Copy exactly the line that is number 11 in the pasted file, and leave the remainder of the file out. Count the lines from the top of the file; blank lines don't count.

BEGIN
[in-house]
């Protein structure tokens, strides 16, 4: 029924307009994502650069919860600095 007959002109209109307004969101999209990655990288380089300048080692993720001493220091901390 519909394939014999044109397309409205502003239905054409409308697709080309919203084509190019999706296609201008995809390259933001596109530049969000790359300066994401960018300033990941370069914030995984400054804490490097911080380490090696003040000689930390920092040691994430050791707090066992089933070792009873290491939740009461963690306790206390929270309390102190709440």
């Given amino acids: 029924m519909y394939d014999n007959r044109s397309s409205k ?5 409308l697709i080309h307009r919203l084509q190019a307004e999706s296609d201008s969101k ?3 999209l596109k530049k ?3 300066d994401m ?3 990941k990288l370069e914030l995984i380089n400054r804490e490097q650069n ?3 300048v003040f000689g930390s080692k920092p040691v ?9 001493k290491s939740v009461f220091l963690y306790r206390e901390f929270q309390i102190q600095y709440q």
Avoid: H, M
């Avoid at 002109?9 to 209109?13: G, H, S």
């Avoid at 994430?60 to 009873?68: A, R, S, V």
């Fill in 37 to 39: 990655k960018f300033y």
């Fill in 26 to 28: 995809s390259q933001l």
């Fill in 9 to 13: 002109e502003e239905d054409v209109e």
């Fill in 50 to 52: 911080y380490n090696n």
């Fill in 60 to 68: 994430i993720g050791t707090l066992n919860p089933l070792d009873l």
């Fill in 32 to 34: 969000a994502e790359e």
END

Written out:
């Fill in 60 to 68: 994430i993720g050791t707090l066992n919860p089933l070792d009873l």